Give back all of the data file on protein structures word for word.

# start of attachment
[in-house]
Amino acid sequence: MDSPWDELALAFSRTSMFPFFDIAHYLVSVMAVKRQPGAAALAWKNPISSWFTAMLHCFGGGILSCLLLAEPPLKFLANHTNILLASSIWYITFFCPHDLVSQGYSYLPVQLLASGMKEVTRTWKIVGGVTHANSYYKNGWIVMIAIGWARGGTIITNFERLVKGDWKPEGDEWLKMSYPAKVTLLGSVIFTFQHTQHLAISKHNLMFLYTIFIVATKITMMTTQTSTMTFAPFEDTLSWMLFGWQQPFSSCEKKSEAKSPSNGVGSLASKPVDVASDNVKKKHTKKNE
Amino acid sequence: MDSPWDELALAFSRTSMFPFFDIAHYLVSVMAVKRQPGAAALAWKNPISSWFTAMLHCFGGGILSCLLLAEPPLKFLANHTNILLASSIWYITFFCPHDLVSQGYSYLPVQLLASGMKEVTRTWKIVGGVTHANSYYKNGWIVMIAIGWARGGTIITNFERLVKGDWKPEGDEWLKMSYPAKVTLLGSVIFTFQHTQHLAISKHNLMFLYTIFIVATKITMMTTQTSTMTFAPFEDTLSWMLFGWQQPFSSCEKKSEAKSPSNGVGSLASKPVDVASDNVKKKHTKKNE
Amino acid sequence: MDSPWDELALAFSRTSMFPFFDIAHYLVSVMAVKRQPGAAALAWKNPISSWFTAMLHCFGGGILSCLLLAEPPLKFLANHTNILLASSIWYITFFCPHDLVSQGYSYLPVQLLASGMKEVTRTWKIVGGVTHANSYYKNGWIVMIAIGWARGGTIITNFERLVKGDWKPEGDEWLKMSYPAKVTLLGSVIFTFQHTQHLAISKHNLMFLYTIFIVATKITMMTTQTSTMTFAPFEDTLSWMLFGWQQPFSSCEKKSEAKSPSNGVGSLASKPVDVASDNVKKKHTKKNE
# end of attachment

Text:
[in-house]
Amino acid sequence: MDSPWDELALAFSRTSMFPFFDIAHYLVSVMAVKRQPGAAALAWKNPISSWFTAMLHCFGGGILSCLLLAEPPLKFLANHTNILLASSIWYITFFCPHDLVSQGYSYLPVQLLASGMKEVTRTWKIVGGVTHANSYYKNGWIVMIAIGWARGGTIITNFERLVKGDWKPEGDEWLKMSYPAKVTLLGSVIFTFQHTQHLAISKHNLMFLYTIFIVATKITMMTTQTSTMTFAPFEDTLSWMLFGWQQPFSSCEKKSEAKSPSNGVGSLASKPVDVASDNVKKKHTKKNE
Amino acid sequence: MDSPWDELALAFSRTSMFPFFDIAHYLVSVMAVKRQPGAAALAWKNPISSWFTAMLHCFGGGILSCLLLAEPPLKFLANHTNILLASSIWYITFFCPHDLVSQGYSYLPVQLLASGMKEVTRTWKIVGGVTHANSYYKNGWIVMIAIGWARGGTIITNFERLVKGDWKPEGDEWLKMSYPAKVTLLGSVIFTFQHTQHLAISKHNLMFLYTIFIVATKITMMTTQTSTMTFAPFEDTLSWMLFGWQQPFSSCEKKSEAKSPSNGVGSLASKPVDVASDNVKKKHTKKNE
Amino acid sequence: MDSPWDELALAFSRTSMFPFFDIAHYLVSVMAVKRQPGAAALAWKNPISSWFTAMLHCFGGGILSCLLLAEPPLKFLANHTNILLASSIWYITFFCPHDLVSQGYSYLPVQLLASGMKEVTRTWKIVGGVTHANSYYKNGWIVMIAIGWARGGTIITNFERLVKGDWKPEGDEWLKMSYPAKVTLLGSVIFTFQHTQHLAISKHNLMFLYTIFIVATKITMMTTQTSTMTFAPFEDTLSWMLFGWQQPFSSCEKKSEAKSPSNGVGSLASKPVDVASDNVKKKHTKKNE